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Iliad and Achilles Dearest Friend

By reregolfer May 17, 2013 1200 Words
The Iliad by Reanna Shah
The definition of a tragic hero was a great or virtuous character in a dramatic tragedy that was destined for downfall, suffering, or defeat. A tragic hero was a literary character who made an error of judgment or had a fatal flaw that, combined with fate and external forces, brings on tragedy. A tragic hero is usually good, but makes bad decisions, associated with a tragic flaw that haunts the character throughout the story. In the Iliad, Achilles played a large role in the battle between the Greeks and the Trojans. In the beginning of the book, Achilles’ prize possession was taken from Agamemnon. For much time, he was being childish, lamenting over his stolen lovely haired women. When the Greeks were in a battle with the Trojans, he was still too upset to come and fight with the Greeks. Agamemnon really wanted him to come, so he bribed him with towns, rivers, and more respect, but he still refused. Later on in the story, Achilles’ friend died, Patroclus, so he came back to battle mainly to kill Hector, a Trojan. Though, Achilles was a tragic hero, he still was a great character who will always be remembered. Swift footed Achilles murdered several Trojans, scared off enemies, and killed Hector, an enemy of the Greeks. Achilles still remained a tragic hero because his flaw was to act selfish, mainly come to war to seek revenge, and didn’t return back to battle for the right, heroic reasons.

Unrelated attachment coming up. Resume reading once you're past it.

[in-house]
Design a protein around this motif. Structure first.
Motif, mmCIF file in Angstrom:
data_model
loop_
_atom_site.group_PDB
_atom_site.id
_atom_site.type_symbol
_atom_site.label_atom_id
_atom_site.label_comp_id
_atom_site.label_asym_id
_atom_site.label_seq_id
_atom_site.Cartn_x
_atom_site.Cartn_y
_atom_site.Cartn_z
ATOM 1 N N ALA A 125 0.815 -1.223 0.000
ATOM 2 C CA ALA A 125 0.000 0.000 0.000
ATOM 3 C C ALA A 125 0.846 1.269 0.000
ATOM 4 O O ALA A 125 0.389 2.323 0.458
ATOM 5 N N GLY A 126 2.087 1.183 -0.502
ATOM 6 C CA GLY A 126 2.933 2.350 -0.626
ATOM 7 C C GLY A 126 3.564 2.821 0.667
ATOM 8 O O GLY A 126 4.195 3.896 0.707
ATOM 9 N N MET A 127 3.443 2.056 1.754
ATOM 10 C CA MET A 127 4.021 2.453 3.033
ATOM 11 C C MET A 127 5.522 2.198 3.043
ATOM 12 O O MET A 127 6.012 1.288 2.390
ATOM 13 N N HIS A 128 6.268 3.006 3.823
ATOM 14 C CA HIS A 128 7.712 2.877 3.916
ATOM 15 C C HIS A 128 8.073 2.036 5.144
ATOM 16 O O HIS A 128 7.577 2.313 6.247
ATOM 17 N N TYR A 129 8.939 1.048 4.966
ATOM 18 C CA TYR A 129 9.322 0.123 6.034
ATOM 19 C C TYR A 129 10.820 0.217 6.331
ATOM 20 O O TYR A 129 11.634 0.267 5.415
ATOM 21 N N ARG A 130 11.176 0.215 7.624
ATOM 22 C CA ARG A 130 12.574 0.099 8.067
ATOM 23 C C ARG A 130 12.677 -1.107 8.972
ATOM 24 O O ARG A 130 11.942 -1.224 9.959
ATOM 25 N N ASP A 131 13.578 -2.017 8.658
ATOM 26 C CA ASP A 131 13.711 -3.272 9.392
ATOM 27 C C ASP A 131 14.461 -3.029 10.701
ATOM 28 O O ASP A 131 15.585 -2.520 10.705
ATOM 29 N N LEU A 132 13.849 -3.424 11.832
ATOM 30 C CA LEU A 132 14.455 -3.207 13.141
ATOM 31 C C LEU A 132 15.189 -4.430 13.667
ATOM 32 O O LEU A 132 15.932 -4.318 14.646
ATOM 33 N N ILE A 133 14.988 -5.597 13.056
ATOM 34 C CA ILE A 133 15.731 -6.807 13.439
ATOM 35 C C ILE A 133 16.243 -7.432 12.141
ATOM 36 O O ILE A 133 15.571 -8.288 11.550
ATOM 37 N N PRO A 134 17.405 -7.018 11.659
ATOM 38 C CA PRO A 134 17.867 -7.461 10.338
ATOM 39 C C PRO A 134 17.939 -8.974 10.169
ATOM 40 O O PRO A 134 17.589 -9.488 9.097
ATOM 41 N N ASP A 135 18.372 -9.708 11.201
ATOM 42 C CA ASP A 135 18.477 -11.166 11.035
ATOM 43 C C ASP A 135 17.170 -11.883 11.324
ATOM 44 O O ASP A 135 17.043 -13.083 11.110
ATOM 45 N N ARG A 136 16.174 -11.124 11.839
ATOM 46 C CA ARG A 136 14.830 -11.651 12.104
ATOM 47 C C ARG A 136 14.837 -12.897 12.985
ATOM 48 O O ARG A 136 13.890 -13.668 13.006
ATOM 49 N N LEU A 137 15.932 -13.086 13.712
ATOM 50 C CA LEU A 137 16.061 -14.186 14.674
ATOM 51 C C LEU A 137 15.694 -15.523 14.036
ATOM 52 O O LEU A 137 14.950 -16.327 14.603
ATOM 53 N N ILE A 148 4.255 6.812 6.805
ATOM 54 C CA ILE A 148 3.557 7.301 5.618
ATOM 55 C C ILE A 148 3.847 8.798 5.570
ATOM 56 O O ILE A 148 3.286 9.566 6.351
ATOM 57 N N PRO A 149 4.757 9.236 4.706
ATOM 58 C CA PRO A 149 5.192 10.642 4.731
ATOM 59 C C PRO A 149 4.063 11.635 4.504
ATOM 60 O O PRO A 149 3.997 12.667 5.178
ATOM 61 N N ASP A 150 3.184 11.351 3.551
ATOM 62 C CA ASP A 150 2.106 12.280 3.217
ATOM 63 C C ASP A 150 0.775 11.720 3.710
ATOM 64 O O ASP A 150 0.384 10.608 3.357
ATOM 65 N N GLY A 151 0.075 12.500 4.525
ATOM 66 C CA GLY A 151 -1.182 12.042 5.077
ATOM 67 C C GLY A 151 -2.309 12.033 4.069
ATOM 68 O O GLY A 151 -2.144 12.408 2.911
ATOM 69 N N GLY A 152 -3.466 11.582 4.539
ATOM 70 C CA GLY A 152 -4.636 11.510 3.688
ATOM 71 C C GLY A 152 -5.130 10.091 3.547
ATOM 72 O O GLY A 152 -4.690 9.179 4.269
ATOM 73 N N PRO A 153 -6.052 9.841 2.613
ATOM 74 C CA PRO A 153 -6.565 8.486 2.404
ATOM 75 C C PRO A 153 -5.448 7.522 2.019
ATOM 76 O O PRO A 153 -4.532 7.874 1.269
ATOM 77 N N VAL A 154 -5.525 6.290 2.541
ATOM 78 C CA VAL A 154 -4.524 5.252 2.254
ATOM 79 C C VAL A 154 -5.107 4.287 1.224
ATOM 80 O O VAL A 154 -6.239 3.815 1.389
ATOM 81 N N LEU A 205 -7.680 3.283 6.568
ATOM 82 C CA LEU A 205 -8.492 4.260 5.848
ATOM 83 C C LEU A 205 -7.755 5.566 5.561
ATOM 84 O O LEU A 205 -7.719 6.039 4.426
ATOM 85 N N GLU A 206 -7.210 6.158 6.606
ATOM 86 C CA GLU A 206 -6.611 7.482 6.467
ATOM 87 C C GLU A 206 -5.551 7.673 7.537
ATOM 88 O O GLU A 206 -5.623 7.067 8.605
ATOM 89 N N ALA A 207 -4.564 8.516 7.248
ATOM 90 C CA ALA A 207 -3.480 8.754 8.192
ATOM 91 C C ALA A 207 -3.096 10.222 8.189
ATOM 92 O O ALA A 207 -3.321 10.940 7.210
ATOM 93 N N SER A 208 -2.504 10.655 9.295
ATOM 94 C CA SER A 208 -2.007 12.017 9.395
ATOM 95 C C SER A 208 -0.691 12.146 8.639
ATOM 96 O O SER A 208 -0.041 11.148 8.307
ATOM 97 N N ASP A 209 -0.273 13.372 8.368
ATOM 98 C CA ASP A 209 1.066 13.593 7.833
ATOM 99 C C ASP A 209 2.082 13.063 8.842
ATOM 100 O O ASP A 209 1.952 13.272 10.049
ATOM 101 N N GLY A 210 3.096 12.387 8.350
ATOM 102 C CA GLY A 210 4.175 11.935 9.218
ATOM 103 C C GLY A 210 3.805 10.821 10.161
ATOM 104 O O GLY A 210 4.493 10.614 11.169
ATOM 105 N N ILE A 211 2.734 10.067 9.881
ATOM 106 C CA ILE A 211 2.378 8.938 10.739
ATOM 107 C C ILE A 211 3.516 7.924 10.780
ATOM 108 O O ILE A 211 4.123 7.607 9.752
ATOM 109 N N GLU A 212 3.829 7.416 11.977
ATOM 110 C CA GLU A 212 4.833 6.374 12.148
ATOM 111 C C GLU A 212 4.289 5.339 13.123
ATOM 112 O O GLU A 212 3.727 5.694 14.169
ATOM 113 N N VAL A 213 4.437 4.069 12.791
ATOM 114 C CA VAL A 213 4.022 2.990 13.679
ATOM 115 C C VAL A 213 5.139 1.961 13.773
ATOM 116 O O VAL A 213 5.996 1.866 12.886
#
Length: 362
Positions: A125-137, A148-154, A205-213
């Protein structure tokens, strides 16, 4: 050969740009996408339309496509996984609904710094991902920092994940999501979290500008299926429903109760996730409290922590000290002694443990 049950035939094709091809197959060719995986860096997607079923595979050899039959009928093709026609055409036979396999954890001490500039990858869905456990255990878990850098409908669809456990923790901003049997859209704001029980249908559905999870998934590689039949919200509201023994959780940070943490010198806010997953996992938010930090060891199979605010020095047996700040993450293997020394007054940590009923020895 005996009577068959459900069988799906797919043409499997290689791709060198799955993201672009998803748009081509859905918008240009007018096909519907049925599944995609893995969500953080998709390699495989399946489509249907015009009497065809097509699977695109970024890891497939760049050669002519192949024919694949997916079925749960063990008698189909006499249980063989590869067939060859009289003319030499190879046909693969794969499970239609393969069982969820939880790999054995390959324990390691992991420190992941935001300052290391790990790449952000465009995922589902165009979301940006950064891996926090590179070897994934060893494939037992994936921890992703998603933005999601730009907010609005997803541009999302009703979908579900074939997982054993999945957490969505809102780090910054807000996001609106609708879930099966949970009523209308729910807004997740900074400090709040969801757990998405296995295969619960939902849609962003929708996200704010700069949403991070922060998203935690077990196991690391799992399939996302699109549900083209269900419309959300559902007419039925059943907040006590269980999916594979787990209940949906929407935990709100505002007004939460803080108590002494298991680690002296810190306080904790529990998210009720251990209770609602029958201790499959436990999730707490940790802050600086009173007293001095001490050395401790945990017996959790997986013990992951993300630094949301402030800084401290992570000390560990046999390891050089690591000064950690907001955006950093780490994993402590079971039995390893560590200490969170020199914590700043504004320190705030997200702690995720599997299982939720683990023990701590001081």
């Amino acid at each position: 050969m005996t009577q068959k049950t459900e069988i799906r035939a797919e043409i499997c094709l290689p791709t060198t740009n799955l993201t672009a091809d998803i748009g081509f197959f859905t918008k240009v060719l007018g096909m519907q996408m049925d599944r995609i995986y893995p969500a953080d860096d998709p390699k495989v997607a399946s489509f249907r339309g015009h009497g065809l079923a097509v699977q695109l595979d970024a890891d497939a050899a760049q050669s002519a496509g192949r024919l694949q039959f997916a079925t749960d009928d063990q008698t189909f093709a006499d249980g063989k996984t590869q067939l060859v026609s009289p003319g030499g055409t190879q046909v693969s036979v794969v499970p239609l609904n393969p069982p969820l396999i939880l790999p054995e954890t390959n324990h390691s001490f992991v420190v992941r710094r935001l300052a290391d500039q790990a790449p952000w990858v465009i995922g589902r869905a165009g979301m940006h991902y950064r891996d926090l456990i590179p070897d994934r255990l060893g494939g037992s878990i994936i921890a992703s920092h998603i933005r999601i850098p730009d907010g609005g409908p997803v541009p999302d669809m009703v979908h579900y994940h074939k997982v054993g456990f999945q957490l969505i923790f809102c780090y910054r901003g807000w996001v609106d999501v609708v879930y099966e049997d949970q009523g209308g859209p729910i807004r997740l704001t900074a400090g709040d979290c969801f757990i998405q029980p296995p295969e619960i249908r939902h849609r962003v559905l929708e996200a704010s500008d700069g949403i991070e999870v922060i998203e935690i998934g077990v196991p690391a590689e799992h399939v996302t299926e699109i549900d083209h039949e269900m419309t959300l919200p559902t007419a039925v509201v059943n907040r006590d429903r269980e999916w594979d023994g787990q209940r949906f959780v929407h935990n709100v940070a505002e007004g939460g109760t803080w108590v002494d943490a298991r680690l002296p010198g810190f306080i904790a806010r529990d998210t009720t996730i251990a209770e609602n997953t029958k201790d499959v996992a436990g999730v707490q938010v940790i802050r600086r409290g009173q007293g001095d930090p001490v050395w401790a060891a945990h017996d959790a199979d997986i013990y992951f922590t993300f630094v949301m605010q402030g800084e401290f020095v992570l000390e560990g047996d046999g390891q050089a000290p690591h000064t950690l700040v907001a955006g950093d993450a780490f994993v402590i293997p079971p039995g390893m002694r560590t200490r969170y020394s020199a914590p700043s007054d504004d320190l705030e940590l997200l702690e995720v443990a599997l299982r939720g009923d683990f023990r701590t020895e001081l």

Achilles was called a tragic hero because his flaw was to be selfish. A selfish person lacked consideration for others and was concerned with their own pleasure. In the Iliad, Achilles mostly cared about himself. For example, Agamemnon stole Achilles’ prize possession. For this reason, Achilles refused to join the war because he was angry with Agamemnon. Achilles stated, “But listen while I tell you exactly how I want things to be: ‘I want you to win me great honor and glory in the eyes of all Greeks, so that they give my lovely women back to me and provide splendid gifts as well (18:115).’” When Achilles’ dearest friend, Patroclus, went to war with his army, Achilles wanted Patroclus to wear his armor because he would win him honor, glory, and some splendid gifts as well. Achilles flaw was to be selfish because he didn’t care about Patroclus as much as he should of; he mainly focused on winning himself glory and honor. Achilles was suffering from his stolen woman because he didn’t come back to battle to help Patroclus in war. Knowing Achilles, he would’ve been the first one to Patroclus’ aid, but instead he chose to weep and sit at home. Achilles’ flaw interrupted him from doing what he should have been doing. He cared too much about a tragic loss that it got in his way of being a “true hero.” Before Patroclus had left for battle, Achilles mentioned to him that he would be in good hands with his army and they should be ready to battle. Achilles was in a state of downfall because he was suffering from loss or defeat, and let his selfish flaw get in his way from being heroic. Achilles was a still a hero, though a tragic hero, who was respected by the Greeks, yet repeatedly made mistakes. His pride, arrogance, and selfish flaw got in his way of his ability to resolve conflicts peacefully. For example, if Achilles tried to settle a fair agreement with Agamemnon that included Achilles fighting in the war in return for his prized possession, it would have been more “hero like.” Achilles’ stubborn personality, risked lives of other Greeks because Achilles was the “hero” and was not doing “his job” correctly.